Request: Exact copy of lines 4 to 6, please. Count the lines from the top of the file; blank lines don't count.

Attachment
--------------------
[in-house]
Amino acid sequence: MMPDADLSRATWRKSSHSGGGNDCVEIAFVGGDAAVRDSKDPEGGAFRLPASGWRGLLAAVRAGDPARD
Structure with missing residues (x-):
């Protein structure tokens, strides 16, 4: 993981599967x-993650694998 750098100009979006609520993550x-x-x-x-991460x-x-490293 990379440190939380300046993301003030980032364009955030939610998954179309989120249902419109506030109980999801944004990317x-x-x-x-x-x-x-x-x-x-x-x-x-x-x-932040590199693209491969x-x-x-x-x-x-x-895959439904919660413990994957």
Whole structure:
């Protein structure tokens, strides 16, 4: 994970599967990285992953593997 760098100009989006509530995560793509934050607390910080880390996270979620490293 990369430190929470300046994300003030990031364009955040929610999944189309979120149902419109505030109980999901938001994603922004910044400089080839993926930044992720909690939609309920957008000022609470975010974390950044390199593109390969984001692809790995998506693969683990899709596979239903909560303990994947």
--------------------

């Protein structure tokens, strides 16, 4: 993981599967x-993650694998 750098100009979006609520993550x-x-x-x-991460x-x-490293 990379440190939380300046993301003030980032364009955030939610998954179309989120249902419109506030109980999801944004990317x-x-x-x-x-x-x-x-x-x-x-x-x-x-x-932040590199693209491969x-x-x-x-x-x-x-895959439904919660413990994957």
Whole structure:
């Protein structure tokens, strides 16, 4: 994970599967990285992953593997 760098100009989006509530995560793509934050607390910080880390996270979620490293 990369430190929470300046994300003030990031364009955040929610999944189309979120149902419109505030109980999901938001994603922004910044400089080839993926930044992720909690939609309920957008000022609470975010974390950044390199593109390969984001692809790995998506693969683990899709596979239903909560303990994947």